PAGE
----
By developing an awareness of different cultures, Virtual Hospice has been able to build bridges through conversation.  In one case Virtual Hospice had been referred to two women in the same community with advanced breast cancer. They’d arranged for the women to meet off camera and it turned out that they were best friends but neither knew the other had cancer. “Their culture discouraged them from talking about their illness,” said Cory. “Now they are each other’s support system.”

Other videos focus on the challenges of being a refugee. “What happens when advanced illness hits and you don’t know the language or the system and your family is spread around the globe?” asks Cory. “There are really powerful videos about what that means.”

One of the interesting things they’ve discovered since launching is that people are watching the videos of other cultures, wanting to know what’s happening outside of their own. “In a way we are creating cross-cultural awareness,” said Cory.

Helping people grieve in healthy ways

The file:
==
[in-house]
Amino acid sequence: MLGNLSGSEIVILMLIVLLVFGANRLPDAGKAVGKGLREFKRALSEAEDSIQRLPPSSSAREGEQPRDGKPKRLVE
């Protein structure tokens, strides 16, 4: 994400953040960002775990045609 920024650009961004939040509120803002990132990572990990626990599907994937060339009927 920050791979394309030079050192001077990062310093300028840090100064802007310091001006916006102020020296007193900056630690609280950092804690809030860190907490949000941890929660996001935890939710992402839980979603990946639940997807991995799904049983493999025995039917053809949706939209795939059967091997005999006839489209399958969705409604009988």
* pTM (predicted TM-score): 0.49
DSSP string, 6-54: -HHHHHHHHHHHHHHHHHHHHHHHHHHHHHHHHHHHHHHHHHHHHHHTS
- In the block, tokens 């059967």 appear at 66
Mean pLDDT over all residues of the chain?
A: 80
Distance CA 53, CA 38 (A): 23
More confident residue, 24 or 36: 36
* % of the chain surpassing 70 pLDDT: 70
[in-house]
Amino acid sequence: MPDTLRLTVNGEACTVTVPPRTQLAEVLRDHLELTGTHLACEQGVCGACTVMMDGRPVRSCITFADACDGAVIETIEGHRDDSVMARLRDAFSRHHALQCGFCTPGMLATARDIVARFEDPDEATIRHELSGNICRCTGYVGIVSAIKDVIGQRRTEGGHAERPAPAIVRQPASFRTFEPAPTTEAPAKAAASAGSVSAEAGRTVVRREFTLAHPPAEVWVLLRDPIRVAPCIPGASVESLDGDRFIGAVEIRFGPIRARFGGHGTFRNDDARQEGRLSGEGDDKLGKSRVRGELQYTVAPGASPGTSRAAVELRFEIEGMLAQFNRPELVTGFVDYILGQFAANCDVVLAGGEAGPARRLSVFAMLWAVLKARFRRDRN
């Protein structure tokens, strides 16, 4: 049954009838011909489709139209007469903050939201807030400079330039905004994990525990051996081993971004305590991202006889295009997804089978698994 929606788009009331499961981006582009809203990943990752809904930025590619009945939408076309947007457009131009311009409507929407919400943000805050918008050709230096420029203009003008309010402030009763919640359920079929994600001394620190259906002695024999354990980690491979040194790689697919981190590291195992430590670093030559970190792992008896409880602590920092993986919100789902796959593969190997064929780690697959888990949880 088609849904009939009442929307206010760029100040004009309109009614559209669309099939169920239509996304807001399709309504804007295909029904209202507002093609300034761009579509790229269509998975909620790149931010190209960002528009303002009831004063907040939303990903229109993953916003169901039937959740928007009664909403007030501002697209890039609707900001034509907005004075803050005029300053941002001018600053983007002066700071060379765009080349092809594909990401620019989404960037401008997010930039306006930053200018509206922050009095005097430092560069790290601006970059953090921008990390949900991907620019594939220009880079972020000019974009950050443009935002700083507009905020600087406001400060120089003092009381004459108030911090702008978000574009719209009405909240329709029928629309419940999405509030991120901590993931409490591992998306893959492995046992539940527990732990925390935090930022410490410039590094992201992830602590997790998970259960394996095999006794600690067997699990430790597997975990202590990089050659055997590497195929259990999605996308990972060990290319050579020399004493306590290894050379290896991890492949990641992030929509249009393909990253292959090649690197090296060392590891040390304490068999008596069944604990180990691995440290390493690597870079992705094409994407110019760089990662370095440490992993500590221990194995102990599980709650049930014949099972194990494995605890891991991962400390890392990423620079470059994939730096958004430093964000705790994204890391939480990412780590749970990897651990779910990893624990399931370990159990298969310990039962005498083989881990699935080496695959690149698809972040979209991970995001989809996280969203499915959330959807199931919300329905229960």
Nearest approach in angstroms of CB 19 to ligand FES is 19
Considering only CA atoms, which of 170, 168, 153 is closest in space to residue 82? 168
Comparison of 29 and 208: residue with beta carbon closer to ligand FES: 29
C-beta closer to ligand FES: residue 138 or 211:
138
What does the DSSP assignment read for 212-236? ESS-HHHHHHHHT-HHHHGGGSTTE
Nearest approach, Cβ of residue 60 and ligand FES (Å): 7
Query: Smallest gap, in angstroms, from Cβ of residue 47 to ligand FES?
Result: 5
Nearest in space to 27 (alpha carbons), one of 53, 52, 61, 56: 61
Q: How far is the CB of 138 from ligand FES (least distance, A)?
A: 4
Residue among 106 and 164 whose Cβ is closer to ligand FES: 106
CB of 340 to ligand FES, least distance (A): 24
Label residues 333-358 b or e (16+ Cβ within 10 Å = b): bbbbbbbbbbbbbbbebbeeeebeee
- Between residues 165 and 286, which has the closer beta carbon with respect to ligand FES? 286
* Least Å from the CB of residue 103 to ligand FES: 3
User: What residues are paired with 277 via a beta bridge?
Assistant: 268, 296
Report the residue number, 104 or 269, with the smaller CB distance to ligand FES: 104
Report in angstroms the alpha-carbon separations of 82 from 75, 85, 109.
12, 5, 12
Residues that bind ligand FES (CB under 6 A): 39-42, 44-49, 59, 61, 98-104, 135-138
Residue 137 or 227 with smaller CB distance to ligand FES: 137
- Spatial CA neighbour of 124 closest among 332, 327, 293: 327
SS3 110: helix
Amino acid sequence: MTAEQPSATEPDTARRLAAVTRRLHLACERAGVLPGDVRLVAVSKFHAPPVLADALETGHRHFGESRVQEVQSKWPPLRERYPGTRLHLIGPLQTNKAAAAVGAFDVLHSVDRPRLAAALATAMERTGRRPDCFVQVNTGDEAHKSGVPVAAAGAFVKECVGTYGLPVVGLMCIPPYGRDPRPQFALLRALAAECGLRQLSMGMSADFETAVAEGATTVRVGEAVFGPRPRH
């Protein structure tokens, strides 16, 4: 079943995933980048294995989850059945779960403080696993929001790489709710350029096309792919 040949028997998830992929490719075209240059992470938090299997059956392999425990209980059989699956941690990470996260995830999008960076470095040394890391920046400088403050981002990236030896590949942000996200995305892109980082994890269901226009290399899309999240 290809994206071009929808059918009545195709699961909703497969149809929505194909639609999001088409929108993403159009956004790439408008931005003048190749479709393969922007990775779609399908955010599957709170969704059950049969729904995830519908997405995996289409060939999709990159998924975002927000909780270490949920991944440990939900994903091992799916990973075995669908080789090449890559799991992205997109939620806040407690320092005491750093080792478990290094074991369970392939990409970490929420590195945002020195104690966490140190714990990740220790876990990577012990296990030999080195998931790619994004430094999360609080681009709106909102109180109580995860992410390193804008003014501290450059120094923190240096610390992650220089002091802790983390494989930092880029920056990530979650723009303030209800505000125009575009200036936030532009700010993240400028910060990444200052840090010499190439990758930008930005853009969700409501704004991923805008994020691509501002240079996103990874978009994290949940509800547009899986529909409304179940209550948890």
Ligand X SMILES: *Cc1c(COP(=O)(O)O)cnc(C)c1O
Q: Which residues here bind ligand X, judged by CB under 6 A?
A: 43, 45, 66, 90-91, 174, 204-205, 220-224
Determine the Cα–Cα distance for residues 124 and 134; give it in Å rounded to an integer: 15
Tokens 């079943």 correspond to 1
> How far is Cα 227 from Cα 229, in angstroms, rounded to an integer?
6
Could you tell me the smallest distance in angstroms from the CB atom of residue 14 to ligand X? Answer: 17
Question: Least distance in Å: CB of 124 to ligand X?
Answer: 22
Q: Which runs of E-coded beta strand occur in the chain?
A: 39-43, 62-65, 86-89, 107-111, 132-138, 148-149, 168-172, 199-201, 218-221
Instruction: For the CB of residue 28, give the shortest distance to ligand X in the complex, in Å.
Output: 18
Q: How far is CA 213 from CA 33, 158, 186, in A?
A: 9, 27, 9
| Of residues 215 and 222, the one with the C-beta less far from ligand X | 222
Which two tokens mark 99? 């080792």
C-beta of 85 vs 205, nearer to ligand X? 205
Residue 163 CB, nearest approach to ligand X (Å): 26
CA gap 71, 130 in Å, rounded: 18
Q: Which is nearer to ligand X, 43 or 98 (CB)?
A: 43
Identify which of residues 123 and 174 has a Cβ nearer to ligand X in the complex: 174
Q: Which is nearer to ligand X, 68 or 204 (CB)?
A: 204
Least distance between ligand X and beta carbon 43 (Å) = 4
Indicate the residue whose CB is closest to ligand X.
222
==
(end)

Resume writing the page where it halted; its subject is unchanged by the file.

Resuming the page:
The process of grieving after a person is gone Cory says, is often longer and harder than we expect. For that reason, they created, a site offering nine learning modules for people who have experienced the death of someone they care about. Inspired by personal loss, Cory says, “This is the tool I wish I had 25 years ago – it would have made a big difference in my life.”

Through sharing the personal stories of Canadians, is designed to help people grieve in healthy ways and gives hope that things will get better. The resource puts a premium on self-care. Modules to help parents, healthcare providers and others support grieving children will be released this fall.

Many sceptics told Virtual Hospice that grief support couldn’t be offered online, that it had to be face-to-face. The responses they receive from people prove that it can be done. “We are innovative and a bit disruptive,” says Cory.

“Virtual Hospice is truly a rare kind of organization,” said HIROC Senior Account Executive Tania Kowalchuk at a recent visit with Cory. “I’m awestruck by how passionate they are and proud that HIROC can support Shelly and her team in delivering such incredible service.”

But ultimately Cory and the team agree that it all comes back to supporting patients, their families and healthcare providers in ensuring quality care. Virtual Hospice is there when people need it most, a trusted resource, a hand on their shoulder in times of uncertainty. “It’s our users who say it best,” says Cory. “’I no longer feel so alone in this. Thank you for being there.’”

Michelle Holden is Communications and Marketing Specialist, HIROC

Award winners: In June both and Ask a Professional received innovation awards from the Canadian Foundation for Health Improvement. also received the Canadian Health Informatics Association’s Patient Care Innovation Award.